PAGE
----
The Fifth Station

The Fifth Station


From Publishers Weekly
In this "carefully wrought" tale of three brothers who grow up in an Illinois steel town, Michael fails to help Matthew, the youngest, stay alive. And Luke, the oldest, fails to keep his promise of hope, leaving college and the family for a vagabond life in New Mexico. PW commended McIlvoy's "vivid" characterizations and "powerfully rendered" sense of place.
Reprinted from Copyright 1989 Reed Business Information, Inc.

From Library Journal
McIlvoy's title refers to a station of the cross along Christ's route to Golgotha, and his story describes the collective passion of the McWelt family. With an alcoholic father and a mother who uses religion as an escape, the three McWelt sons grow up supporting one another with powerful but inarticulate love. At the steel mills, on the basketball courts, and in the neighborhood taverns of Meltenville, Illinois, these fraternal bonds are skillfully displayed. After the youngest brother dies inside a foundry smokestack, the two survivors are displaced both physically and emotionally and must forge new lives in the deserts of New Mexico. Though the scenes in Meltenville are strong and moving, those in New Mexico are slightly less effective.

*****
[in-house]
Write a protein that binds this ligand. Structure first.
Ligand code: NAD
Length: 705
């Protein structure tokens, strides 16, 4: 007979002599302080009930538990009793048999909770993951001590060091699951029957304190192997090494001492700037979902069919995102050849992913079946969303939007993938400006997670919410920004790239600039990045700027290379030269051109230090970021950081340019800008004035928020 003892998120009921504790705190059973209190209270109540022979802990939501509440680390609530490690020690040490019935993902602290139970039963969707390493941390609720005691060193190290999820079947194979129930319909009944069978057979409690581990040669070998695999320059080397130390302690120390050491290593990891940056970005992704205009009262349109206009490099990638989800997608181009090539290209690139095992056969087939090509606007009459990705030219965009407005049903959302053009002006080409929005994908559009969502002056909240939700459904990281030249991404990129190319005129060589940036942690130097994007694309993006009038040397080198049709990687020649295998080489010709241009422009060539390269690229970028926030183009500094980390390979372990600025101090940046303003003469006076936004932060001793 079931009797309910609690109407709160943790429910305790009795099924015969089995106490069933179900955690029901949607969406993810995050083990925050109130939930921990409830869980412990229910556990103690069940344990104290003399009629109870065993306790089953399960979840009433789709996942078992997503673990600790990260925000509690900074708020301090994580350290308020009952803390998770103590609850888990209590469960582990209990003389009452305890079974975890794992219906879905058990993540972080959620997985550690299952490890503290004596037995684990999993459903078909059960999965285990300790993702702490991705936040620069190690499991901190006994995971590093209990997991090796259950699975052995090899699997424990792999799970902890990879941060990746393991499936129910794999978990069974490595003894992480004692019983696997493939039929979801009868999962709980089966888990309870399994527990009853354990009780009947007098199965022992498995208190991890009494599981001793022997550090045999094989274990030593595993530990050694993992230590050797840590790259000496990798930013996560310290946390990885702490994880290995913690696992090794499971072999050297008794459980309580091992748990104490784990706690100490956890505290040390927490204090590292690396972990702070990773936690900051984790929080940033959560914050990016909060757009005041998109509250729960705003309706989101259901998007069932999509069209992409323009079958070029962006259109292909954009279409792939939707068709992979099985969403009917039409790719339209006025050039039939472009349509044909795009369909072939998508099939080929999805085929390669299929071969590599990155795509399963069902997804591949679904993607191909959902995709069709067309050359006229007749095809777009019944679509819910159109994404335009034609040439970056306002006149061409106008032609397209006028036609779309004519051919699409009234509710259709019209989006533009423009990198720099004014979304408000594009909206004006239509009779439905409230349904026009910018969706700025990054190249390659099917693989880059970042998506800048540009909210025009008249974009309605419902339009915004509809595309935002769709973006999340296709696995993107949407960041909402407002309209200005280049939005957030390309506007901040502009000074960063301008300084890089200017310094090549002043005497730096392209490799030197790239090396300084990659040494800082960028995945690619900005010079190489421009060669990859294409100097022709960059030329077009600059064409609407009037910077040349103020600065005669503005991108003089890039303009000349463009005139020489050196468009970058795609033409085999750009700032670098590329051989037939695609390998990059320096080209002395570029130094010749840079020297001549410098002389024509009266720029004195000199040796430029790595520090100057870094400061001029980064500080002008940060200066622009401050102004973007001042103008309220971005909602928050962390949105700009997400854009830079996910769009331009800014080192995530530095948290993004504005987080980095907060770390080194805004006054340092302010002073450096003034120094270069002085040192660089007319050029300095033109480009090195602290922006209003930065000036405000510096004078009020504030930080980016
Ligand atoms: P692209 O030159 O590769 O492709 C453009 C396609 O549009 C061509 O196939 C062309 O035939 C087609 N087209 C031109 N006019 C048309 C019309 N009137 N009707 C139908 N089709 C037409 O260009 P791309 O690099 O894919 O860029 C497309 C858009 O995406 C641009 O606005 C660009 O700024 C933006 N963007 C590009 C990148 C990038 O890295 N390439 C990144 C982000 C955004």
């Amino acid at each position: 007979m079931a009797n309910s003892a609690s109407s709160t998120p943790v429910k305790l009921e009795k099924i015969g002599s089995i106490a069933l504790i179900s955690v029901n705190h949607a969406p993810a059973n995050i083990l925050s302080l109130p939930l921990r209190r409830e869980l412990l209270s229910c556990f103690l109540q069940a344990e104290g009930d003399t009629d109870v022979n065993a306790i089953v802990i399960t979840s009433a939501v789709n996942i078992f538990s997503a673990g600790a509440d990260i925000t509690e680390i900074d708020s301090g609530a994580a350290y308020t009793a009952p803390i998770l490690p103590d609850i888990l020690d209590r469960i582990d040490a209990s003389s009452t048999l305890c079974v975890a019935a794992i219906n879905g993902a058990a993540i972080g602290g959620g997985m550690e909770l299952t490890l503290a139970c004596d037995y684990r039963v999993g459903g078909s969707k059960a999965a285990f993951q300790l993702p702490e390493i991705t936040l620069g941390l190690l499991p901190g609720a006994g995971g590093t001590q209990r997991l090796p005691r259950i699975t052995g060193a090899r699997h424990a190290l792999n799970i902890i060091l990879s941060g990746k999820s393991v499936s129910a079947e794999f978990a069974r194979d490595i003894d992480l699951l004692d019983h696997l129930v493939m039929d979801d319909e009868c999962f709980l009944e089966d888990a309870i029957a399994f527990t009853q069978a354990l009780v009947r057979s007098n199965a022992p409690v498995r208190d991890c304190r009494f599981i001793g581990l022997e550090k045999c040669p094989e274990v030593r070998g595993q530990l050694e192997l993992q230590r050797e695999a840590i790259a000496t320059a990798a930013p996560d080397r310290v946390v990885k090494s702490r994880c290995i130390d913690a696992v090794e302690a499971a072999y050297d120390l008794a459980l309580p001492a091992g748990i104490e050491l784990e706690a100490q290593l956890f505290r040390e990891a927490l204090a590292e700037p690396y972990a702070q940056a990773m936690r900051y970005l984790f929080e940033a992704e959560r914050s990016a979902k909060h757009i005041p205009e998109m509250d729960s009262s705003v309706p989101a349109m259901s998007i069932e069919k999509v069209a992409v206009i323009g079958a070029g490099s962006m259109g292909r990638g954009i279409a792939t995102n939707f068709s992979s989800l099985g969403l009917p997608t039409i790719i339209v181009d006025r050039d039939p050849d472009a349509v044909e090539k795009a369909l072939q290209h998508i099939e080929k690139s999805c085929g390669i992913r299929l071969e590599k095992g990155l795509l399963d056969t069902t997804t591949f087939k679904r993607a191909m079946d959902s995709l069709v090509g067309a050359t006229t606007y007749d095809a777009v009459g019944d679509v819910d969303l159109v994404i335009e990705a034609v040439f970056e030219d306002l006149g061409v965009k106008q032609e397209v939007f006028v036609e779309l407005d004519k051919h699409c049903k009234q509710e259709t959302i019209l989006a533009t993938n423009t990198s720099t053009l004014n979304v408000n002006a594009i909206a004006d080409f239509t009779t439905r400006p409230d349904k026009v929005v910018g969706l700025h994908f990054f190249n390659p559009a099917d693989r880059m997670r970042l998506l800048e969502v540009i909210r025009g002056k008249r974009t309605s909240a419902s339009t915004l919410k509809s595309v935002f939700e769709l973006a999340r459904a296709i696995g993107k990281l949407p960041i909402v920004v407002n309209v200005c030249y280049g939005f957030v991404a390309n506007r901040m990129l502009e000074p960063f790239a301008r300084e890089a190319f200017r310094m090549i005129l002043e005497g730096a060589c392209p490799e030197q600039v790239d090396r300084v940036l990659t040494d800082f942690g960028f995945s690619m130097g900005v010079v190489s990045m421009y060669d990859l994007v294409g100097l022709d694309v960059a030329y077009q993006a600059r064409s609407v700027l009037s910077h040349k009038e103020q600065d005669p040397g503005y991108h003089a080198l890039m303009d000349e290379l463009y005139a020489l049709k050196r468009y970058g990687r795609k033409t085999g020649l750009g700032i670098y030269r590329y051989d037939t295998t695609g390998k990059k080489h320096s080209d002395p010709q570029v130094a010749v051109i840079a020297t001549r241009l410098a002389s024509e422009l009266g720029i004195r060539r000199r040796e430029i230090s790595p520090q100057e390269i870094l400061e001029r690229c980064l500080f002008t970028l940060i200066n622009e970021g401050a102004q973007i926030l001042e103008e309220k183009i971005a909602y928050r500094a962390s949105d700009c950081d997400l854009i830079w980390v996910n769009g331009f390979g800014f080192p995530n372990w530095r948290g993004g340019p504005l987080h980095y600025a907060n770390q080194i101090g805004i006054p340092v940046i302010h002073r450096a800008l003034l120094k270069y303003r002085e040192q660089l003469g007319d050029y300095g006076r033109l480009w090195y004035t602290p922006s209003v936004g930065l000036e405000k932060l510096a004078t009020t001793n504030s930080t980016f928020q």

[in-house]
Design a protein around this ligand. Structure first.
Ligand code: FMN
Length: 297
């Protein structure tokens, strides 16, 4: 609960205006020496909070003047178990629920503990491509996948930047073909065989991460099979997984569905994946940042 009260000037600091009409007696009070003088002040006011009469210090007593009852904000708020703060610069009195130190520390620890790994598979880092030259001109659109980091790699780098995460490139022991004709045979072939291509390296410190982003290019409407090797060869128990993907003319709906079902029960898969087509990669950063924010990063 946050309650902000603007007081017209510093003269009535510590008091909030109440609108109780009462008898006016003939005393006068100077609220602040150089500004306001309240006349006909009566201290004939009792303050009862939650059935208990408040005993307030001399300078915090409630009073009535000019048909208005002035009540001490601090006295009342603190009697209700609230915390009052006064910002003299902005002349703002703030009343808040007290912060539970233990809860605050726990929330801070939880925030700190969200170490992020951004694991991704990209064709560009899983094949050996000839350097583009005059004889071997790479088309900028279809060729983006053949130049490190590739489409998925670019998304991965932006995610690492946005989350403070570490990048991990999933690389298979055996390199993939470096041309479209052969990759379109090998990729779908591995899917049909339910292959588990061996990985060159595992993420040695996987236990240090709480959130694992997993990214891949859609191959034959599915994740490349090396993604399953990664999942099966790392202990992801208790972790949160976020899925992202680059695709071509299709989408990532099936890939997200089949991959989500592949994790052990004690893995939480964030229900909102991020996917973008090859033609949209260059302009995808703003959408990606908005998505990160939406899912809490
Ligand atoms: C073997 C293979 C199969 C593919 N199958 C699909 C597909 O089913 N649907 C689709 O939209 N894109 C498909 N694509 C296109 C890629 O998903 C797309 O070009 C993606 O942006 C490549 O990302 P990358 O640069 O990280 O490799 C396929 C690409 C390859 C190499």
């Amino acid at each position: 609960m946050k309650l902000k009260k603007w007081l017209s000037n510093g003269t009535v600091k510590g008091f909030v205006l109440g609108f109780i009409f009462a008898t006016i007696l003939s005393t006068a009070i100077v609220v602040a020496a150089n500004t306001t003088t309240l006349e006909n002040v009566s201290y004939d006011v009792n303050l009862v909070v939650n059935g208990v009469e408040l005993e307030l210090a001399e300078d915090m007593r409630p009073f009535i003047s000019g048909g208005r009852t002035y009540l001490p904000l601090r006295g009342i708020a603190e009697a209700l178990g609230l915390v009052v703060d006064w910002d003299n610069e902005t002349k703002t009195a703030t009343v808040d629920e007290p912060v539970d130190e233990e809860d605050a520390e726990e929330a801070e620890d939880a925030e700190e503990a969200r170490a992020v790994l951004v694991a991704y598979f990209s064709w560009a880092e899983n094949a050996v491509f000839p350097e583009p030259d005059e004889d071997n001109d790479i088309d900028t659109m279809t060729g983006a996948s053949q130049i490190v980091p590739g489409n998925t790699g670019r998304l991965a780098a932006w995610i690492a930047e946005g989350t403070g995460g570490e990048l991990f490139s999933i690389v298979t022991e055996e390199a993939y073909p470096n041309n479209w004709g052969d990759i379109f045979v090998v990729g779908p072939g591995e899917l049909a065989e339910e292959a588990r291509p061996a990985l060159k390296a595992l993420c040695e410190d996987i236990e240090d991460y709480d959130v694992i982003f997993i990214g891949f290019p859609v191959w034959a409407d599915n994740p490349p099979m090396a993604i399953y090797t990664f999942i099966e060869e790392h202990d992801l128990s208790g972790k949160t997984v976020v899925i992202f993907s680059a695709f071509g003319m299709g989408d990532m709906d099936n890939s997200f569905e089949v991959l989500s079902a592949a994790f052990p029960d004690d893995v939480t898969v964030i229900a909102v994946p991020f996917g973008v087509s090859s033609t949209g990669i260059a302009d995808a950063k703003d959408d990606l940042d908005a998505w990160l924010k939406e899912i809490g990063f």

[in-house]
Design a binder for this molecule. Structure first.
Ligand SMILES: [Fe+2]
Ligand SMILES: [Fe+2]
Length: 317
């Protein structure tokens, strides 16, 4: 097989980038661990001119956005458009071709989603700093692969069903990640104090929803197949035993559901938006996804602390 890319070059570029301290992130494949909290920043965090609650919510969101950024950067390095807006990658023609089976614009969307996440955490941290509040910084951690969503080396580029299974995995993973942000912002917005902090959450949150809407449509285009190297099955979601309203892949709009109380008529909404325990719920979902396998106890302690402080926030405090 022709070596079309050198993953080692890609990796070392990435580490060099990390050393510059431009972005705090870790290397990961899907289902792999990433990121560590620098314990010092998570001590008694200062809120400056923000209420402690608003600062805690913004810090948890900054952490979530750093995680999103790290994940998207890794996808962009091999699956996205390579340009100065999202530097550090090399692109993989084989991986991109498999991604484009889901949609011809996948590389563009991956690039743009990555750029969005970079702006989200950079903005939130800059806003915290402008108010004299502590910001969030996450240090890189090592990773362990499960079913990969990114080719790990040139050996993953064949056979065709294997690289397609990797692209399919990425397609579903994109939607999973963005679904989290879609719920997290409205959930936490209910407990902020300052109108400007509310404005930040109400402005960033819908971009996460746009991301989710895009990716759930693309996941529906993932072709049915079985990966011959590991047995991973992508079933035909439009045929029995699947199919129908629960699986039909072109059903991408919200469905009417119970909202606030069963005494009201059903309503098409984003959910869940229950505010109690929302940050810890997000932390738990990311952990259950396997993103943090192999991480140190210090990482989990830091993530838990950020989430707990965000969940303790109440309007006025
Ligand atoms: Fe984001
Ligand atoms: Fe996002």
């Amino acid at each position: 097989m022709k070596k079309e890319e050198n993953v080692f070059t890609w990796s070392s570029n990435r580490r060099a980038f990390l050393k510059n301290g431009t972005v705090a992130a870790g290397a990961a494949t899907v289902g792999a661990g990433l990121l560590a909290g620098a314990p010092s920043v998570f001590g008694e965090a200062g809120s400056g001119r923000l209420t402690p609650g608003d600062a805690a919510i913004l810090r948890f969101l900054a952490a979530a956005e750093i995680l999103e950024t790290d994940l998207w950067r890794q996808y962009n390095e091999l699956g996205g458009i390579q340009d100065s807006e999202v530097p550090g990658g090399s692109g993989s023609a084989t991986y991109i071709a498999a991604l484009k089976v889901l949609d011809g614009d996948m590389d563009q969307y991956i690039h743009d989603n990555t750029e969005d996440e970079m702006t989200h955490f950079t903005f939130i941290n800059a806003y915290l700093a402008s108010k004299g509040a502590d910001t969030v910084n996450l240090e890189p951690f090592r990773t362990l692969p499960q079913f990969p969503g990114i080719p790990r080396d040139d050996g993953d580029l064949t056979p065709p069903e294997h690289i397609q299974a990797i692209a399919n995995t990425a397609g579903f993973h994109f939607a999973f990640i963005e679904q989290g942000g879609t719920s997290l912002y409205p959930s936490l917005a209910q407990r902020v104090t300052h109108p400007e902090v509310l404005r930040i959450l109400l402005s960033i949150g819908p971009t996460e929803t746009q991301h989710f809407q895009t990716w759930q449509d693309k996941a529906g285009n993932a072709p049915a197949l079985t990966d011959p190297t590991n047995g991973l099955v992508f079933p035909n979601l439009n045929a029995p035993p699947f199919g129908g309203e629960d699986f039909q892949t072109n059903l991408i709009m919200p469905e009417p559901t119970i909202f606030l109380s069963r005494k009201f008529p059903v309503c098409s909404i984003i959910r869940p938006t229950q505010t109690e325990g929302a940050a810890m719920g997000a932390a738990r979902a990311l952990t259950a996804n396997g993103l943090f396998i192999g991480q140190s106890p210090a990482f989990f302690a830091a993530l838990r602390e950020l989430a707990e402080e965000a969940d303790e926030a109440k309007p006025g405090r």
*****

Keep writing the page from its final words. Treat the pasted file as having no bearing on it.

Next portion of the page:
Reprinted from Albert E. Wilhelm, Tennessee Technological Univ., Cookeville. Copyright 1988 Reed Business Information, Inc.
--This text refers to an out of print or unavailable edition of this title.

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